When you encourage students nationwide to compete for STEM-focused grants to address environmental problems in their local communities, what happens?
The results of a recent Captain Planet Foundation environmental youth competition highlight some pretty amazing examples of creative, solution-based projects from students in communities from the west’s high desert to the central plains to the Great Lakes!
The whole idea behind the Ray C. Anderson Foundation’s and the Captain Planet Foundation’s special joint EcoTech Grant Program is to encourage students and educators to engage in hands-on, STEM-based environmental education and to re-connect our youth to nature. John Lanier, Director of the Ray C. Anderson Foundation, reiterates, “We want our young people to better understand the natural systems that sustain life and the role they must play in protecting and preserving those systems.”
Honoring Ray Anderson’s lifelong love of education and spirit of innovation, the Ray C. Anderson Foundation and the Captain Planet Foundation jointly sponsored a nationwide competition awarding EcoTech Grants to schools or non-profit organizations (Boys & Girls Clubs, Girl Scouts, Boy Scouts, nature centers and other youth-related non-profits) that empower youth to create environmental change in their communities. The criteria behind the awards were to engage children in inquiry-based projects in STEM (Science, Technology, Engineering and Math) that were innovative, used nature-based thinking or included new technology.
The EcoTech grants were a natural extension of the Ray C. Anderson Foundation’s mission to inspire, educate and connect. Although the Captain Planet Foundation has been fostering critical gap funding for youth environmental education for over 20 years, STEM-focused projects have been rare. Mary Anne Lanier, daughter of Ray Anderson and trustee of the Ray C. Anderson Foundation, adds, “Hands-on environmental education programs that are integrated with STEM learning give students skills and opportunities to think critically and create environmental solutions that matter.”
As a result of funding provided by the Ray C. Anderson Foundation to the EcoTech program, 16 organizations received $2,500 grants, ranging from California to Maine, from Atlanta to Chicago, from Kenab, Utah to New York City. The results have been eye-opening!
Examples of EcoTech projects funded through the Ray C. Anderson Foundation grant include:
EcoTech Underwater Robotic Club: Bringing Ocean Pollution Awareness Above the Surface (Newport Beach, CA)
Students in this program will build underwater robots (ROVs) and fit them with a video camera to film pollution below the surface of the ocean. Students will film along the coast in Orange County, as well as before and after the annual underwater cleanup event on Catalina Island. Students will learn how to use editing software to consolidate and organize footage captured from cleanup and awareness events. These videos will be shared with others to help understand ocean-related issues and steps all can take to help.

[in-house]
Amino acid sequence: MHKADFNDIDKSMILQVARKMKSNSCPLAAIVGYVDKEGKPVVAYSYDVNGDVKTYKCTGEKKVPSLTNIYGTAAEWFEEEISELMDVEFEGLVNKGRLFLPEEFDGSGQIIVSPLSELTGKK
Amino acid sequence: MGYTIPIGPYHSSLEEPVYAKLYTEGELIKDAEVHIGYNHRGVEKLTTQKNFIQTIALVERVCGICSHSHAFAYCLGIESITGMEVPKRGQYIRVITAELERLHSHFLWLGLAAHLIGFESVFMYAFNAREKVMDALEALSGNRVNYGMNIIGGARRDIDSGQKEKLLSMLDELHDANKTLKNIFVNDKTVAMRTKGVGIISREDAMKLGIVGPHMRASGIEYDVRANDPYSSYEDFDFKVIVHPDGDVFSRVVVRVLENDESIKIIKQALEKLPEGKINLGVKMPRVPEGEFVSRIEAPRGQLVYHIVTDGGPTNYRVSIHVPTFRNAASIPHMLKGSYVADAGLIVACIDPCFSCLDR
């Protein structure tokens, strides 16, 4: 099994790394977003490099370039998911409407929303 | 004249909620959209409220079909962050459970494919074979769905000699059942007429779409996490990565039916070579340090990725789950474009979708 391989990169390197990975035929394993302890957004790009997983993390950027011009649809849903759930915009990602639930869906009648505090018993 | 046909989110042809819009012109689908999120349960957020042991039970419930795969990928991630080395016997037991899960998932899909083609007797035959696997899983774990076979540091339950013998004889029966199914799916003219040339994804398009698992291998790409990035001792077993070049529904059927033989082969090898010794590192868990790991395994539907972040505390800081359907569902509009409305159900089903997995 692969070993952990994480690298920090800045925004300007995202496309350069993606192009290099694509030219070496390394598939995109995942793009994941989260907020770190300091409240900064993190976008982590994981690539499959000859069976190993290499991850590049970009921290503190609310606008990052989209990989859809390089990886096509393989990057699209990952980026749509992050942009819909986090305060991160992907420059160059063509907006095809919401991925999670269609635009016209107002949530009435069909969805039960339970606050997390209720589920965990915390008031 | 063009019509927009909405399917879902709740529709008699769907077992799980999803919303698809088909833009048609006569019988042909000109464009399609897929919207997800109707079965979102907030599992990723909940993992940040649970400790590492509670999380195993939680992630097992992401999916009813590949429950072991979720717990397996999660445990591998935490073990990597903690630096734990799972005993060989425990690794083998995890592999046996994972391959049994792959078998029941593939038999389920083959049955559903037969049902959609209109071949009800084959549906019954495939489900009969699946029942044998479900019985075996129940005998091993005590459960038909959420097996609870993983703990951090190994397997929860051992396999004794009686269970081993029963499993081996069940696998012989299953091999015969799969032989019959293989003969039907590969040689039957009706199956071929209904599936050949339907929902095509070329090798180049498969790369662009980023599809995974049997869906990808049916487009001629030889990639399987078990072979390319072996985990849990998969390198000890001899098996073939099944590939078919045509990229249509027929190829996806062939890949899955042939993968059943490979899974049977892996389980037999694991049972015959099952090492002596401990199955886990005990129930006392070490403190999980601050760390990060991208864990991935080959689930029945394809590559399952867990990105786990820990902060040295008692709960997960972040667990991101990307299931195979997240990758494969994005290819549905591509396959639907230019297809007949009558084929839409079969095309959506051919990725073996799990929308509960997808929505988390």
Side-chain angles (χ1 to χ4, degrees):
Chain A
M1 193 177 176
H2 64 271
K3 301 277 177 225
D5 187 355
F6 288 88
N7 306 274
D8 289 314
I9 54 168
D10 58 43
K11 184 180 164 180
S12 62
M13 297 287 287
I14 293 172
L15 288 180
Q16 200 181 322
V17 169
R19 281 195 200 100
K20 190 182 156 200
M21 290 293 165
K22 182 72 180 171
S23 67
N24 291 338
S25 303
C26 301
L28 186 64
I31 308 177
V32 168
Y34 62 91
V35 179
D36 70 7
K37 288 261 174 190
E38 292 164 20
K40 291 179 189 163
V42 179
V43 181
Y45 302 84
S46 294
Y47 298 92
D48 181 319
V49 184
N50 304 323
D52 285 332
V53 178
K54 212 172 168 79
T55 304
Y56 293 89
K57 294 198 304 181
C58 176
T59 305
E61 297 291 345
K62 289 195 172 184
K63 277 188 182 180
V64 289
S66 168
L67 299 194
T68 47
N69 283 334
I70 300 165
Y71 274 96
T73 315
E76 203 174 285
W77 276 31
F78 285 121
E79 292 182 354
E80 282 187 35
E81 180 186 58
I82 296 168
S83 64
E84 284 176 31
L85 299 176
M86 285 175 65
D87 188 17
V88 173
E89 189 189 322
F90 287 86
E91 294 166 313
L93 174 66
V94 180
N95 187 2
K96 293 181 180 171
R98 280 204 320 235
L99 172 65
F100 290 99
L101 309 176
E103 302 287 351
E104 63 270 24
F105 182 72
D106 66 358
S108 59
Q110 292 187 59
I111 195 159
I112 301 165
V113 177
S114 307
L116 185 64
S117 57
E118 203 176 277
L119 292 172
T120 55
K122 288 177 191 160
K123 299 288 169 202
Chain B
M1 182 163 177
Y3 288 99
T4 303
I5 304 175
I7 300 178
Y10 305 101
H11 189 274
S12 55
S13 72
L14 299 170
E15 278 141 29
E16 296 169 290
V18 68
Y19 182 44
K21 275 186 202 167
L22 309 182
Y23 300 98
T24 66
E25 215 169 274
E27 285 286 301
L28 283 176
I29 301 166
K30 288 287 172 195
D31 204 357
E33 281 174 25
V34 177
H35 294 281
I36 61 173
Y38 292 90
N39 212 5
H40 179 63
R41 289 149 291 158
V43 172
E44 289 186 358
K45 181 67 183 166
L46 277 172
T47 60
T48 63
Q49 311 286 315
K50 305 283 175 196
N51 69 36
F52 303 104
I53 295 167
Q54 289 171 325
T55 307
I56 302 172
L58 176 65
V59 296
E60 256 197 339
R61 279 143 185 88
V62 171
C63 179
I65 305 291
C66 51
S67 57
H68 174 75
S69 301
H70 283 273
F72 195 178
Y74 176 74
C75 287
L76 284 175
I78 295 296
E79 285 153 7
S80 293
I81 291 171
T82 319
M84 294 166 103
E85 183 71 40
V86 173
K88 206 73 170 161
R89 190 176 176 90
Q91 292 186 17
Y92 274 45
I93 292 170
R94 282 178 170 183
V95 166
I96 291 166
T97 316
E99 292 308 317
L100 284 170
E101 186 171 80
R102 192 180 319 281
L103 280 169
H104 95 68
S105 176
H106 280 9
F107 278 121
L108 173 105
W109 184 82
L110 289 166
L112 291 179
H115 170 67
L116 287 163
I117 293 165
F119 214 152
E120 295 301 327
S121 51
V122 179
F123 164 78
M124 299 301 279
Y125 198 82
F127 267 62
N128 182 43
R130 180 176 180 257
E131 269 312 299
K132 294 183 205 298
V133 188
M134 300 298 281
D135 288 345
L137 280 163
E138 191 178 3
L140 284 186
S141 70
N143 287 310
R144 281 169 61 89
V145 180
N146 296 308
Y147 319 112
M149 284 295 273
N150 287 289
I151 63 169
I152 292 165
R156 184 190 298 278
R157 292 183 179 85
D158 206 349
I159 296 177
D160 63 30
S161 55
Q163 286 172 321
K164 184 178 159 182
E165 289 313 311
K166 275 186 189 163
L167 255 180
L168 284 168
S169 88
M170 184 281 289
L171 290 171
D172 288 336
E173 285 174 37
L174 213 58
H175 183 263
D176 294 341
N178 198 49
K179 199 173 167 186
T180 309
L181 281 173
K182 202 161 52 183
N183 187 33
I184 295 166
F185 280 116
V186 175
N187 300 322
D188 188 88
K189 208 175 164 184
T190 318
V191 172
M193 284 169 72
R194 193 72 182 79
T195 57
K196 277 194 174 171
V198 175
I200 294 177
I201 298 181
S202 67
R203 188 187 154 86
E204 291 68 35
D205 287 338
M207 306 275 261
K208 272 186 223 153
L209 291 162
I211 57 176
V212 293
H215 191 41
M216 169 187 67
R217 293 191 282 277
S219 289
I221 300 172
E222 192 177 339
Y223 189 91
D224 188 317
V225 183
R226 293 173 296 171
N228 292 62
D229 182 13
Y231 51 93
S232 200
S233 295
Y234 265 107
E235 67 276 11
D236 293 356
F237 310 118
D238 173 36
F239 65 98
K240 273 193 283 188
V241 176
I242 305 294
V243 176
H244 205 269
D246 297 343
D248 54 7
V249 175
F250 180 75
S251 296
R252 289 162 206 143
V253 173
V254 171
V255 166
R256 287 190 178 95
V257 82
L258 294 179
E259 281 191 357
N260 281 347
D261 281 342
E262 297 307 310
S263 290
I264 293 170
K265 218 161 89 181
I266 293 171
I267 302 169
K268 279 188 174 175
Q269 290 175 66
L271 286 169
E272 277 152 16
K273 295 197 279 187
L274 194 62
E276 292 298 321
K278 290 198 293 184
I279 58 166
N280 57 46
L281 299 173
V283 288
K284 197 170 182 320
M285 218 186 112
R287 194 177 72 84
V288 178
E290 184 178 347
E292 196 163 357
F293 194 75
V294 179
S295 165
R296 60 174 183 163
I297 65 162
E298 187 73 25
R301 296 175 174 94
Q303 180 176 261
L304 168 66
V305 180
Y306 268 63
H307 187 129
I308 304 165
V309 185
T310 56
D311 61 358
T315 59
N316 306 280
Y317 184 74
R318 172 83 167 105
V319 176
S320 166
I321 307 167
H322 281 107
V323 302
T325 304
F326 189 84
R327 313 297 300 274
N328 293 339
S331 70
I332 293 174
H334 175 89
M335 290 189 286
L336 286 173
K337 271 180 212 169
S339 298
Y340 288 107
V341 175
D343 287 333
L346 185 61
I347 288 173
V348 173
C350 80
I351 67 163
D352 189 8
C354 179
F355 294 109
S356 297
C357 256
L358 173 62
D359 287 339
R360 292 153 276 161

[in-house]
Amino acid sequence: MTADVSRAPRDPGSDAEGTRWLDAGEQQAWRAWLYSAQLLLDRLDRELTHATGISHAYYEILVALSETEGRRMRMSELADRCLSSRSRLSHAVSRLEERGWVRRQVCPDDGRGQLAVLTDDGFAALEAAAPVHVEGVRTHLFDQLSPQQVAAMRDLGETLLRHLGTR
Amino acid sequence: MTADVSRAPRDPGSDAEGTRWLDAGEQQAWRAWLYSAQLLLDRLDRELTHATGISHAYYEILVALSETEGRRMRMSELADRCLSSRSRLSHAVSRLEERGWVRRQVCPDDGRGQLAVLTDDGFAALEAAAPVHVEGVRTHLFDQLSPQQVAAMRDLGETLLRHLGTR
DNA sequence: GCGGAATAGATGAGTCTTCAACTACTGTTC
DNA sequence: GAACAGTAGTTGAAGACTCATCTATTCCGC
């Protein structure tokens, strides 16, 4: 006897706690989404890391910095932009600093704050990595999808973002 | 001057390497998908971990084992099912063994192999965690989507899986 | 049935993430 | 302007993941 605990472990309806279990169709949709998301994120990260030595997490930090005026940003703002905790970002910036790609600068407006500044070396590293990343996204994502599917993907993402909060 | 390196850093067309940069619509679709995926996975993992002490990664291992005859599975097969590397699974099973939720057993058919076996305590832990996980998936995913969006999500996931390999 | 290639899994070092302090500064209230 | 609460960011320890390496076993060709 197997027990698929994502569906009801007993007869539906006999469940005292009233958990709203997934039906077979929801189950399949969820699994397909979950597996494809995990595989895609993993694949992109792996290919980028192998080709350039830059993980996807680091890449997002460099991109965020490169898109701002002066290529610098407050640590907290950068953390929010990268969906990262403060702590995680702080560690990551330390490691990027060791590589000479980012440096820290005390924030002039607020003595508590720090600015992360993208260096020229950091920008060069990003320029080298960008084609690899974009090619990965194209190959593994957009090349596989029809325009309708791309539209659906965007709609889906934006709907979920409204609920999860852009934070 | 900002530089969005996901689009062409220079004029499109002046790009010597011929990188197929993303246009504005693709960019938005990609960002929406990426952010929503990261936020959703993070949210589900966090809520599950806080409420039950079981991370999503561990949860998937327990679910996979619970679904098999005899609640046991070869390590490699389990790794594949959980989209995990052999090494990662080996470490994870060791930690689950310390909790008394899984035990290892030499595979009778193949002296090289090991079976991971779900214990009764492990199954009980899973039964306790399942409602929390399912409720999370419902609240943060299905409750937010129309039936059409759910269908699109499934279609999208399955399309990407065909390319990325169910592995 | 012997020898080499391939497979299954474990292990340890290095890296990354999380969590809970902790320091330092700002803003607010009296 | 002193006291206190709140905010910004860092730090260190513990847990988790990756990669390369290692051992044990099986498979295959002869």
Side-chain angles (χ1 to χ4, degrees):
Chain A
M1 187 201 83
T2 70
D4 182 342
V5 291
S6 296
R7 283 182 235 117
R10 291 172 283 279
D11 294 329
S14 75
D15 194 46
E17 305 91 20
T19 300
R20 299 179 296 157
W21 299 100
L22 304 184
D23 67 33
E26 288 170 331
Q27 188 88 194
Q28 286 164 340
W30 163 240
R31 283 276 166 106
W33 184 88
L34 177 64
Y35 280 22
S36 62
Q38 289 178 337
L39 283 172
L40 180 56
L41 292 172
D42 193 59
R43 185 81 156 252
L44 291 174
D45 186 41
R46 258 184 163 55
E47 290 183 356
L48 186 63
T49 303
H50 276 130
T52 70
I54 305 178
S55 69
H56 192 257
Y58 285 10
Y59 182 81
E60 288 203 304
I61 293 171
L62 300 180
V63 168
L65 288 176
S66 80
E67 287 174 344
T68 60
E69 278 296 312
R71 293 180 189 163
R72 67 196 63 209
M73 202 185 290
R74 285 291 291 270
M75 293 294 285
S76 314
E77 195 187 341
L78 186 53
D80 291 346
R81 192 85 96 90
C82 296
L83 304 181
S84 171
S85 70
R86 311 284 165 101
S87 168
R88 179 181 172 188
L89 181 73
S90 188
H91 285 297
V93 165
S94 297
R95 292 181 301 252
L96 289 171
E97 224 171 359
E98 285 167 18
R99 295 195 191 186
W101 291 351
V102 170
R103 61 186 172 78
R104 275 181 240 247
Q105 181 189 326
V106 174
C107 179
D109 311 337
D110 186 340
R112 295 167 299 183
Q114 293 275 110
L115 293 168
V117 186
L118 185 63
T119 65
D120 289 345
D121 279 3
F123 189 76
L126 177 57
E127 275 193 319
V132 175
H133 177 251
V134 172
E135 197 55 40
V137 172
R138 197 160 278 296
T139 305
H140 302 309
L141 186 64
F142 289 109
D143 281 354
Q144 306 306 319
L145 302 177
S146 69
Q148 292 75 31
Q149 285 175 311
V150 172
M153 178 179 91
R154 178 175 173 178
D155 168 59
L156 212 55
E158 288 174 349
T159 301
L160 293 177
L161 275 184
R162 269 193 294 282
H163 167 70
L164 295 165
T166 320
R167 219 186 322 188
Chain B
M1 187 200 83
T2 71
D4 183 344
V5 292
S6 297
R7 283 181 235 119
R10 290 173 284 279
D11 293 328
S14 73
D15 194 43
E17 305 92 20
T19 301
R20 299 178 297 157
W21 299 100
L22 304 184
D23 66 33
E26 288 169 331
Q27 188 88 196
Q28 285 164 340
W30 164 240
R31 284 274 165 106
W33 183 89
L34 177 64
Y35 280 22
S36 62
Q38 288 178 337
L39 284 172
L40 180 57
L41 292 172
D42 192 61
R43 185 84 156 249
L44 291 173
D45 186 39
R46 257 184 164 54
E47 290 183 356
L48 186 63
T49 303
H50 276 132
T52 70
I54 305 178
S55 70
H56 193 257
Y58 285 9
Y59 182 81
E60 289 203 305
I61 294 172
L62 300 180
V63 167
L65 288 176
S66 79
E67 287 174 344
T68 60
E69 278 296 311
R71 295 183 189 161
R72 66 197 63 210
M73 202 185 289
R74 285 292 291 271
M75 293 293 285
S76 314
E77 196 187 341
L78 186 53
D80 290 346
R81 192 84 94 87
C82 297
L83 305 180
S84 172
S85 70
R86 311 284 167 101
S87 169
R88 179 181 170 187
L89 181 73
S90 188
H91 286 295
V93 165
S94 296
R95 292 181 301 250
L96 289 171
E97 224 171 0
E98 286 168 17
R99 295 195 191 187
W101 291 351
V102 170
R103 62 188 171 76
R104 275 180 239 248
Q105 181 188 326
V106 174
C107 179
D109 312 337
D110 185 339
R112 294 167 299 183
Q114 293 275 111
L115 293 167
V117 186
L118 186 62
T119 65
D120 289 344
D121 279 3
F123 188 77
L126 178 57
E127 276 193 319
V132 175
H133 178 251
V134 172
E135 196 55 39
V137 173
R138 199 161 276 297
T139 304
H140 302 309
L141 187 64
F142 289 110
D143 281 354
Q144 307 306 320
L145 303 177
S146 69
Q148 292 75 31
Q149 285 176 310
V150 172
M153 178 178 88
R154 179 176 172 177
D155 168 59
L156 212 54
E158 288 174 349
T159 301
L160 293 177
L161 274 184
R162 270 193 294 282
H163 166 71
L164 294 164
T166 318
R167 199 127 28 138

Source: CPF website - http://captainplanetfoundation.org/2014/01/ecotech/
EcoTech Energy for Synergy (Derby, KS)
Solar and wind turbine lights at Oaklawn Community Garden will provide an opportunity for real-world research and data by students to study alternative energy sources. Students will examine how much stored energy a wind turbine or solar panel can produce on days with more or less wind and sun. They will investigate typical uses of such energy, analyze data to determine what items could be powered with turbines and panels of this size, and calculate how efficient these alternative energies are for home use and how much savings could be realized.
EcoTech York Bison Project: “Spread the word, help the Herd!” (Spring, TX)
Through the creation of a student-led partnership with Caprock Canyons State Park, students at York Jr. High will provide GPS tracking collars that will allow the collection of scientific data to be used in the classroom and by park officials and scientists for the preservation of the historic state bison herd of Texas. The collar technology and software will enable students to track specific bison migration patterns throughout the 14,000-acre park in real time in the classroom. The goal is not only to track the “adopted” bison, but to also bring awareness to the community of the responsibility that the students and all Texas citizens have for the custody and care of these great animals.
“Encouraging children to become environmentally conscious at an early age is not only the right thing to do, it’s the smart thing. Children want to do the right thing. Developing an early personal connection to our planet leads to ethical behavior as successful, adult citizens of our globally connected world.”
Harriet Langford, Ray C. Anderson Foundation Trustee, and daughter of Ray Anderson